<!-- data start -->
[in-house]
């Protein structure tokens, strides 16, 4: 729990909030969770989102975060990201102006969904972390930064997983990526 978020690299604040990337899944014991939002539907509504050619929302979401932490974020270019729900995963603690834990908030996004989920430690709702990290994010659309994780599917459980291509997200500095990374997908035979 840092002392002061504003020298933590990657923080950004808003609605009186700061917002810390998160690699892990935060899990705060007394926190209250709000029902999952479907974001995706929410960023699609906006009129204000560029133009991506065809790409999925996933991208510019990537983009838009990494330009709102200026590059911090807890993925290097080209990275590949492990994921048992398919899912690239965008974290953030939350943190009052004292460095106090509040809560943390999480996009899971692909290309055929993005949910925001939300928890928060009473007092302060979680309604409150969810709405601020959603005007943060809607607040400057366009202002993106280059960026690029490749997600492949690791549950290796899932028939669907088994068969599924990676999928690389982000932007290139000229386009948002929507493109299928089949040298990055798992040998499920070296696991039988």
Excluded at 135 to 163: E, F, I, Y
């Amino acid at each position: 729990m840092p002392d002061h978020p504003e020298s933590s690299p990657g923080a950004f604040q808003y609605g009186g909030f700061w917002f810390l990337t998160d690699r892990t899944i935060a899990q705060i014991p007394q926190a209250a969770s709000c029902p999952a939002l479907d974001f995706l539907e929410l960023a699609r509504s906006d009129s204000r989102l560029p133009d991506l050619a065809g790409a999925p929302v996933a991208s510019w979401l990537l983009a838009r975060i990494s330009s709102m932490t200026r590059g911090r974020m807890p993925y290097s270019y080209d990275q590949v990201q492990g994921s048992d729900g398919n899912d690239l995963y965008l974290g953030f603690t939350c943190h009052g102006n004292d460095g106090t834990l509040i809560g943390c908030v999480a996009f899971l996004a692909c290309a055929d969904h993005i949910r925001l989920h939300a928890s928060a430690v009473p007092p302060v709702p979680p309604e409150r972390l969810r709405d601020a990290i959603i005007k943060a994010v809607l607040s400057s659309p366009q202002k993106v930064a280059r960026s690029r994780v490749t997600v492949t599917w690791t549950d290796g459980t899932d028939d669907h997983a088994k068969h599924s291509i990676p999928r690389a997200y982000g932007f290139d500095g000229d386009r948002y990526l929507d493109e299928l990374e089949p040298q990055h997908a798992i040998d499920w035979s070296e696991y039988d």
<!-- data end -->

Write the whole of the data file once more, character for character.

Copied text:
[in-house]
């Protein structure tokens, strides 16, 4: 729990909030969770989102975060990201102006969904972390930064997983990526 978020690299604040990337899944014991939002539907509504050619929302979401932490974020270019729900995963603690834990908030996004989920430690709702990290994010659309994780599917459980291509997200500095990374997908035979 840092002392002061504003020298933590990657923080950004808003609605009186700061917002810390998160690699892990935060899990705060007394926190209250709000029902999952479907974001995706929410960023699609906006009129204000560029133009991506065809790409999925996933991208510019990537983009838009990494330009709102200026590059911090807890993925290097080209990275590949492990994921048992398919899912690239965008974290953030939350943190009052004292460095106090509040809560943390999480996009899971692909290309055929993005949910925001939300928890928060009473007092302060979680309604409150969810709405601020959603005007943060809607607040400057366009202002993106280059960026690029490749997600492949690791549950290796899932028939669907088994068969599924990676999928690389982000932007290139000229386009948002929507493109299928089949040298990055798992040998499920070296696991039988």
Excluded at 135 to 163: E, F, I, Y
């Amino acid at each position: 729990m840092p002392d002061h978020p504003e020298s933590s690299p990657g923080a950004f604040q808003y609605g009186g909030f700061w917002f810390l990337t998160d690699r892990t899944i935060a899990q705060i014991p007394q926190a209250a969770s709000c029902p999952a939002l479907d974001f995706l539907e929410l960023a699609r509504s906006d009129s204000r989102l560029p133009d991506l050619a065809g790409a999925p929302v996933a991208s510019w979401l990537l983009a838009r975060i990494s330009s709102m932490t200026r590059g911090r974020m807890p993925y290097s270019y080209d990275q590949v990201q492990g994921s048992d729900g398919n899912d690239l995963y965008l974290g953030f603690t939350c943190h009052g102006n004292d460095g106090t834990l509040i809560g943390c908030v999480a996009f899971l996004a692909c290309a055929d969904h993005i949910r925001l989920h939300a928890s928060a430690v009473p007092p302060v709702p979680p309604e409150r972390l969810r709405d601020a990290i959603i005007k943060a994010v809607l607040s400057s659309p366009q202002k993106v930064a280059r960026s690029r994780v490749t997600v492949t599917w690791t549950d290796g459980t899932d028939d669907h997983a088994k068969h599924s291509i990676p999928r690389a997200y982000g932007f290139d500095g000229d386009r948002y990526l929507d493109e299928l990374e089949p040298q990055h997908a798992i040998d499920w035979s070296e696991y039988d």